December 12, 2017

Helping PR pros make smarter decisions

Training Day (and Other PR Blog Jots)

Training Day (and Other PR Blog Jots)

Training Day
bitemarks
There has been plenty of chatter lately about vice presidential nominee Sarah Palin’s performances in media interviews. Marta Karlqvist has some advice for Palin in regards to media training, in a pretty good primer for anyone facing hard time in front of the press. I was especially in agreement with her advice that brevity ought to rule the day. Amen. “The reply should also be short and sweet, no longer than 75 – 150 words, which equals approximately 30 – 60 seconds of speech time. The stories should contain a story, example or illustration for each key point made that supports the message you want to get across (again, as per my previous point). If you are rambling on, you run the risk of being edited and potentially misquoted. By keeping your answers short and to the point the core message it will most likely be conveyed.”

Shy Guy Tips
Chris Brogan
In an excellent guest post, Susan Murphy offers advice for the wallflowers among us for getting comfortable attending conferences and networking with strangers. Most would be shocked to learn I’ve actually battled a bit of shyness myself in the past, it’s one of those things you can’t get over without concerted effort, which is why I admire her advice about just getting out there and mingling without fear. “I’m not saying you need to jump on a stage in front of 500 people or start shaking every hand in the room at your next conference. But regularly putting yourself out there, in situations that demand decidedly un-shy behaviour is key to overcoming shyness. This takes practice, so start small. It could be something as simple approaching someone in line at the coffee shop, and asking them for their thoughts on the dark roast they just ordered. Put yourself out there, in small ways at first, and you will begin to get used to it. Then you can build up to the bigger stuff.”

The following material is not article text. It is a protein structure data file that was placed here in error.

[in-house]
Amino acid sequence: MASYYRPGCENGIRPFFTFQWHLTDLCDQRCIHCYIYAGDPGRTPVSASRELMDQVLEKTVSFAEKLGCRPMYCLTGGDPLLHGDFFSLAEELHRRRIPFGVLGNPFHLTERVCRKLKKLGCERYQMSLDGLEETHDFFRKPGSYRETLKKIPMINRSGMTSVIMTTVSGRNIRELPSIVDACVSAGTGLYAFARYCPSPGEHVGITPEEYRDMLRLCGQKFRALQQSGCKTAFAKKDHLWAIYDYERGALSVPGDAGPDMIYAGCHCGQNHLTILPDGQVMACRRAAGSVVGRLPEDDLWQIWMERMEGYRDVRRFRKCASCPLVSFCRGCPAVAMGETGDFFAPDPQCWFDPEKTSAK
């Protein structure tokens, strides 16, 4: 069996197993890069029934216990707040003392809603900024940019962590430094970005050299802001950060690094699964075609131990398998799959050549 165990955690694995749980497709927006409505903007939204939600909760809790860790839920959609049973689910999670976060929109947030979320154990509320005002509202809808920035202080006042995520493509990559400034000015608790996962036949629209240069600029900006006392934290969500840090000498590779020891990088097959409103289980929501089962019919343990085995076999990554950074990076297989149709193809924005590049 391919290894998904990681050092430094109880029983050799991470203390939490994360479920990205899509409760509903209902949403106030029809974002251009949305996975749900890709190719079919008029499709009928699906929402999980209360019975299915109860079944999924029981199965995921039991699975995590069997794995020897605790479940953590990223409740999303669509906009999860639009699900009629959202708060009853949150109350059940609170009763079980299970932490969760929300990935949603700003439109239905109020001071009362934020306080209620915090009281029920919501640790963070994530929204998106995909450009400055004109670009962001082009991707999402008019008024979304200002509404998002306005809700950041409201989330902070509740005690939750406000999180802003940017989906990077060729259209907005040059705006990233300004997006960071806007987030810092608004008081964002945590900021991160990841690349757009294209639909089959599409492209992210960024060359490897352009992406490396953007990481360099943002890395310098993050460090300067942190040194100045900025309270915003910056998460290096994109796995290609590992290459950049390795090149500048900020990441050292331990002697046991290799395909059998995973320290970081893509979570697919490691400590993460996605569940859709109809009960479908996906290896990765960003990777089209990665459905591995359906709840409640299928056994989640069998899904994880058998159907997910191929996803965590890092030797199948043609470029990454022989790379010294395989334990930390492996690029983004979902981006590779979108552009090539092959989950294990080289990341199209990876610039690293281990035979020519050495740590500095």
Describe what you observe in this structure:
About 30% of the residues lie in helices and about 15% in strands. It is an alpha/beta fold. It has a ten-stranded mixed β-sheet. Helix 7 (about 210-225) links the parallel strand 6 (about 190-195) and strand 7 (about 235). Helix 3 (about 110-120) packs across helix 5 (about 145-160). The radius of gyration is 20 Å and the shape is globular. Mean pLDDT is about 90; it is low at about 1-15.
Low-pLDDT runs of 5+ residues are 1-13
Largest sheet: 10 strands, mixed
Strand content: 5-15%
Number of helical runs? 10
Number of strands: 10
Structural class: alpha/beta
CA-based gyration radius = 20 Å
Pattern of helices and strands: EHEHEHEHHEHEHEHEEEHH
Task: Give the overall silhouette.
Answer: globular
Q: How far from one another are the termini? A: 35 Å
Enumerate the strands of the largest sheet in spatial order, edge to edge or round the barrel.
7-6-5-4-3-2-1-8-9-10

Blog Orlando Wrap-up
Hyku
After the very successful Blog Orlando 3 wrapped up, Josh Hallet shares some of his thoughts on the conference, which he started two years ago. He does one thing that warms my heart in dividing up the attendees somewhat between those looking for more “advanced” conversations and the newbies. “It was also important to split tech into two sides, basic and advanced. If you keep having the same conversations year-after-year you end up alienating the veteran attendees, you need to give them something new. However, you still need the core stuff for the newbies. Striking that balance is the key.”

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